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Daemonize Processes for Prefect Deployments

When running workflow applications, it can be helpful to create long-running processes that run at startup and are robust to failure. In this guide you'll learn how to set up a systemd service to create long-running Prefect processes that poll for scheduled flow runs.

A systemd service is ideal for running a long-lived process on a Linux VM or physical Linux server. We will leverage systemd and see how to automatically start a Prefect worker or long-lived serve process when Linux starts. This approach provides resilience by automatically restarting the process if it crashes.

In this guide we will:

  • Create a Linux user
  • Install and configure Prefect
  • Set up a systemd service for the Prefect worker or .serve process


  • An environment with a linux operating system with systemd and Python 3.8 or later.
  • A superuser account (you can run sudo commands).
  • A Prefect Cloud account, or a local instance of a Prefect server running on your network.
  • If daemonizing a worker, you'll need a Prefect deployment with a work pool your worker can connect to.

If using an AWS t2-micro EC2 instance with an AWS Linux image, you can install Python and pip with sudo yum install -y python3 python3-pip.

Step 1: Add a user

Create a user account on your linux system for the Prefect process. While you can run a worker or serve process as root, it's good security practice to avoid doing so unless you are sure you need to.

In a terminal, run:

sudo useradd -m prefect
sudo passwd prefect

When prompted, enter a password for the prefect account.

Next, log in to the prefect account by running:

sudo su prefect

Step 2: Install Prefect


pip3 install prefect

This guide assumes you are installing Prefect globally, not in a virtual environment. If running a systemd service in a virtual environment, you'll just need to change the ExecPath. For example, if using venv, change the ExecPath to target the prefect application in the bin subdirectory of your virtual environment.

Next, set up your environment so that the Prefect client will know which server to connect to.

If connecting to Prefect Cloud, follow the instructions to obtain an API key and then run the following:

prefect cloud login -k YOUR_API_KEY

When prompted, choose the Prefect workspace you'd like to log in to.

If connecting to a self-hosted Prefect server instance instead of Prefect Cloud, run the following and substitute the IP address of your server:

prefect config set PREFECT_API_URL=http://your-prefect-server-IP:4200

Finally, run the exit command to sign out of the prefect Linux account. This command switches you back to your sudo-enabled account so you will can run the commands in the next section.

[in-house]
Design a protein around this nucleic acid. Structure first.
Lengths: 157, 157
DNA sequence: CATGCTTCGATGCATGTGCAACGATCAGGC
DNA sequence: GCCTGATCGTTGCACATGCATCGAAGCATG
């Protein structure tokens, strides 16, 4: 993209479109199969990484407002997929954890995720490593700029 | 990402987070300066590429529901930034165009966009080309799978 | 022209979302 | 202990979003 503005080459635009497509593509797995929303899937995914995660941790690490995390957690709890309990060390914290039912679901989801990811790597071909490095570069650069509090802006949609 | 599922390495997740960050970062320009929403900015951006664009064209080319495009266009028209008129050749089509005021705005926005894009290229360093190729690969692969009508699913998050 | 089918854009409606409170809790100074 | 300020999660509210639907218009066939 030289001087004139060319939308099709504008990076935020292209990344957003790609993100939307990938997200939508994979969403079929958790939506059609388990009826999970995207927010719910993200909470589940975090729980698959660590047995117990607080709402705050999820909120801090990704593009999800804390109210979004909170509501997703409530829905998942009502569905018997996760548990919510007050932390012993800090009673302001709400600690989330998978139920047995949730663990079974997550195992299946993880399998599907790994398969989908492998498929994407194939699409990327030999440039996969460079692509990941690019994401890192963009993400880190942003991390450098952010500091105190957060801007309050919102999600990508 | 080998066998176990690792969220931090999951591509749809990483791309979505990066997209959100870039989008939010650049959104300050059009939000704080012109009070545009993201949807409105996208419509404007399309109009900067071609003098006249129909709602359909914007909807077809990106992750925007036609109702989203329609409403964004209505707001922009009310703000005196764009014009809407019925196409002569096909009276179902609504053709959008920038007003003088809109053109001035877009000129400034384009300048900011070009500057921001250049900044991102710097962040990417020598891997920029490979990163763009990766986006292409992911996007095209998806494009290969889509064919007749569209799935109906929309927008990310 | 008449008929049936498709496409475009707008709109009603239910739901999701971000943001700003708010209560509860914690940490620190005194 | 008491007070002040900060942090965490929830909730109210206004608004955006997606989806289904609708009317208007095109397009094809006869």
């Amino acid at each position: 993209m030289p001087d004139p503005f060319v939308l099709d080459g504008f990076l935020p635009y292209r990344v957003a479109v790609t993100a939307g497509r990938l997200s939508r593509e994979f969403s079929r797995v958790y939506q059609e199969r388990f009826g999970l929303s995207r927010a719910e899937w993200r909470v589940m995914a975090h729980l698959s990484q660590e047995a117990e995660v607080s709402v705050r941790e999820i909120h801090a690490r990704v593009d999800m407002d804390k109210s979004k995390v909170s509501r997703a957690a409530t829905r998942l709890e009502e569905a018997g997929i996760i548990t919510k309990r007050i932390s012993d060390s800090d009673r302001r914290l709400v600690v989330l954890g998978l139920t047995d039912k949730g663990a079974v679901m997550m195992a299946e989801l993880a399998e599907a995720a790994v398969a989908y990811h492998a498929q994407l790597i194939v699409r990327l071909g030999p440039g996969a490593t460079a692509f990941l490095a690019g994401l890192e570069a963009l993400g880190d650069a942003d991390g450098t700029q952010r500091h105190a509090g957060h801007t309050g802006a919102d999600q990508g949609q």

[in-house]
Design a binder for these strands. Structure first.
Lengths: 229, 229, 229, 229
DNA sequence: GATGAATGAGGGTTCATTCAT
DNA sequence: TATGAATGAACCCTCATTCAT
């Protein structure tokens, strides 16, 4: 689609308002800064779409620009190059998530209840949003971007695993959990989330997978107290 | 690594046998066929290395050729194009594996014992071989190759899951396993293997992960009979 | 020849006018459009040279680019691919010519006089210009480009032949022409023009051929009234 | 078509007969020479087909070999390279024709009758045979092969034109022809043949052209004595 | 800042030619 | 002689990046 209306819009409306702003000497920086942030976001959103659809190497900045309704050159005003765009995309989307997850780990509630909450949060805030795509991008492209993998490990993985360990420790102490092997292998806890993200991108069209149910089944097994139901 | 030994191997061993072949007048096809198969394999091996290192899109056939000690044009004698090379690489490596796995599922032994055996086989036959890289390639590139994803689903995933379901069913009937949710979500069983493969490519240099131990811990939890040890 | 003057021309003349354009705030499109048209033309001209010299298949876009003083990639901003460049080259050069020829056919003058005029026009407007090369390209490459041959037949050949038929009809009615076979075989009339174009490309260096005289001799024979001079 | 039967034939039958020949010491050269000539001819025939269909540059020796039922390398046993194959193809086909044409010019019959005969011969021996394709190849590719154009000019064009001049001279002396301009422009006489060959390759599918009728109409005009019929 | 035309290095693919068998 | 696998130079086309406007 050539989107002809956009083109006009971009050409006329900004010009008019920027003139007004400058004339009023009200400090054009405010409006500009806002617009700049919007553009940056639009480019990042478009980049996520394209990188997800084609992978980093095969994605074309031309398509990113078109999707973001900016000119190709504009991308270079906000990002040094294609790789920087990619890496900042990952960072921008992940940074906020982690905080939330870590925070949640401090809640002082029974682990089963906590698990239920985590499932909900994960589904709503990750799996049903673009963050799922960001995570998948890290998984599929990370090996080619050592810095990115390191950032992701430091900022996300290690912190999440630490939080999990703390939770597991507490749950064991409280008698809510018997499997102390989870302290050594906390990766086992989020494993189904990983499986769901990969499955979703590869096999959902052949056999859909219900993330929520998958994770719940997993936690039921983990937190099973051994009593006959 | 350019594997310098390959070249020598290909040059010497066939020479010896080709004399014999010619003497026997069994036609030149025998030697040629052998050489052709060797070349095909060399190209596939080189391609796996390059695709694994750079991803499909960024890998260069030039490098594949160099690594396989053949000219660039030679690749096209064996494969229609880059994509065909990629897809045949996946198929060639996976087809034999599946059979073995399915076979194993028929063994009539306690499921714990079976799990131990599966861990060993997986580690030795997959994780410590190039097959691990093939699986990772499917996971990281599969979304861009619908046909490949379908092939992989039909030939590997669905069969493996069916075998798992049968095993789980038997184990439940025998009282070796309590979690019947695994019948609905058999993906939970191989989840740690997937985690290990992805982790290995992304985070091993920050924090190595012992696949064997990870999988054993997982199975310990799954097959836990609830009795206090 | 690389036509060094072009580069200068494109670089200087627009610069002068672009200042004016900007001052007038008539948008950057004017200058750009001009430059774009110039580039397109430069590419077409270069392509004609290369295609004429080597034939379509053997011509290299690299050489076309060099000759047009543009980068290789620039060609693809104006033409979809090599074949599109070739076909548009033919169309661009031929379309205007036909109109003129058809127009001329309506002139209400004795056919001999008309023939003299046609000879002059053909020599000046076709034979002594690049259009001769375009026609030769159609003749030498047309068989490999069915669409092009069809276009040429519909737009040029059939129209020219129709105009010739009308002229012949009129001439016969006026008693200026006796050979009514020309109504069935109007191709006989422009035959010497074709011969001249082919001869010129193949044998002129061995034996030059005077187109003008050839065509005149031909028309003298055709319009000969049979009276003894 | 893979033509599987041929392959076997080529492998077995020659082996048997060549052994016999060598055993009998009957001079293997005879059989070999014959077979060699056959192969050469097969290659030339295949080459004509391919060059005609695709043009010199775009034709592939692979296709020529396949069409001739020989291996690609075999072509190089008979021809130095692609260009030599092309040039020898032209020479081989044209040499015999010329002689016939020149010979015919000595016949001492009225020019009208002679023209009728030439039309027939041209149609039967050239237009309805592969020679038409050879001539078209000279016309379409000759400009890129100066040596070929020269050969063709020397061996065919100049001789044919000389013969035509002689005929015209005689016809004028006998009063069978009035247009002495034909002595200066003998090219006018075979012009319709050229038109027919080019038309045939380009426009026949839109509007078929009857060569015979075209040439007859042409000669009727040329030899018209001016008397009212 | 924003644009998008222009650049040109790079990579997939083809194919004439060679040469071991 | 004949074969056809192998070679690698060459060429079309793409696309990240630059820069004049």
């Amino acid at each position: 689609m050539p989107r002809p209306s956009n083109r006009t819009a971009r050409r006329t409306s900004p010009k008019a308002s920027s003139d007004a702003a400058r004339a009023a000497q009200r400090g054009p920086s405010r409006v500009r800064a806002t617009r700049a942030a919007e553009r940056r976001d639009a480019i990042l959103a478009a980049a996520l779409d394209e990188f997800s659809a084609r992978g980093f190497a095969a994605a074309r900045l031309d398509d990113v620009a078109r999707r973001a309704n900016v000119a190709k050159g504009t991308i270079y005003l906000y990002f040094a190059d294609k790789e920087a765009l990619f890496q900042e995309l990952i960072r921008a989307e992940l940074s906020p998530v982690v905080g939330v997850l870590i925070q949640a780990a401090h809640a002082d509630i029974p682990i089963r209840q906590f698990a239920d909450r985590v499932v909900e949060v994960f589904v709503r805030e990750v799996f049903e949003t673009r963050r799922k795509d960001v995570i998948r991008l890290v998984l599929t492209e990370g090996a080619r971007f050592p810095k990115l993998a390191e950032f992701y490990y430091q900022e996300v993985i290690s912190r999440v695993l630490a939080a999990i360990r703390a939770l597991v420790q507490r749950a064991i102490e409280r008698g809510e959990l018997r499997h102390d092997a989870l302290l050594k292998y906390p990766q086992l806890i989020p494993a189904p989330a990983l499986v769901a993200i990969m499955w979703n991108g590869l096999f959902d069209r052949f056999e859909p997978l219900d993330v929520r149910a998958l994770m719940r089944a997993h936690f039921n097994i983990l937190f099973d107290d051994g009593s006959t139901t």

Step 3: Set up a systemd service

See the section below if you are setting up a Prefect worker. Skip to the next section if you are setting up a Prefect .serve process.

Setting up a systemd service for a Prefect worker

Move into the /etc/systemd/system folder and open a file for editing. We use the Vim text editor below.

cd /etc/systemd/system
sudo vim my-prefect-service.service
Description=Prefect worker

ExecStart=prefect worker start --pool YOUR_WORK_POOL_NAME


Make sure you substitute your own work pool name.

Setting up a systemd service for .serve

Copy your flow entrypoint Python file and any other files needed for your flow to run into the /home directory (or the directory of your choice).

Here's a basic example flow:
from prefect import flow

def say_hi():

if __name__=="__main__":
    say_hi.serve(name="Greeting from daemonized .serve")

If you want to make changes to your flow code without restarting your process, you can push your code to git-based cloud storage (GitHub, BitBucket, GitLab) and use flow.from_source().serve(), as in the example below.
if __name__ == "__main__":

Make sure you substitute your own flow code entrypoint path.

Note that if you change the flow entrypoint parameters, you will need to restart the process.

Move into the /etc/systemd/system folder and open a file for editing. We use the Vim text editor below.

cd /etc/systemd/system
sudo vim my-prefect-service.service
Description=Prefect serve 



Save, enable, and start the service

To save the file and exit Vim hit the escape key, type :wq!, then press the return key.

Next, run sudo systemctl daemon-reload to make systemd aware of your new service.

Then, run sudo systemctl enable my-prefect-service to enable the service. This command will ensure it runs when your system boots.

Next, run sudo systemctl start my-prefect-service to start the service.

Run your deployment from UI and check out the logs on the Flow Runs page.

You can see if your daemonized Prefect worker or serve process is running and see the Prefect logs with systemctl status my-prefect-service.

That's it! You now have a systemd service that starts when your system boots, and will restart if it ever crashes.

Next steps

If you want to set up a long-lived process on a Windows machine the pattern is similar. Instead of systemd, you can use NSSM.

Check out other Prefect guides to see what else you can do with Prefect!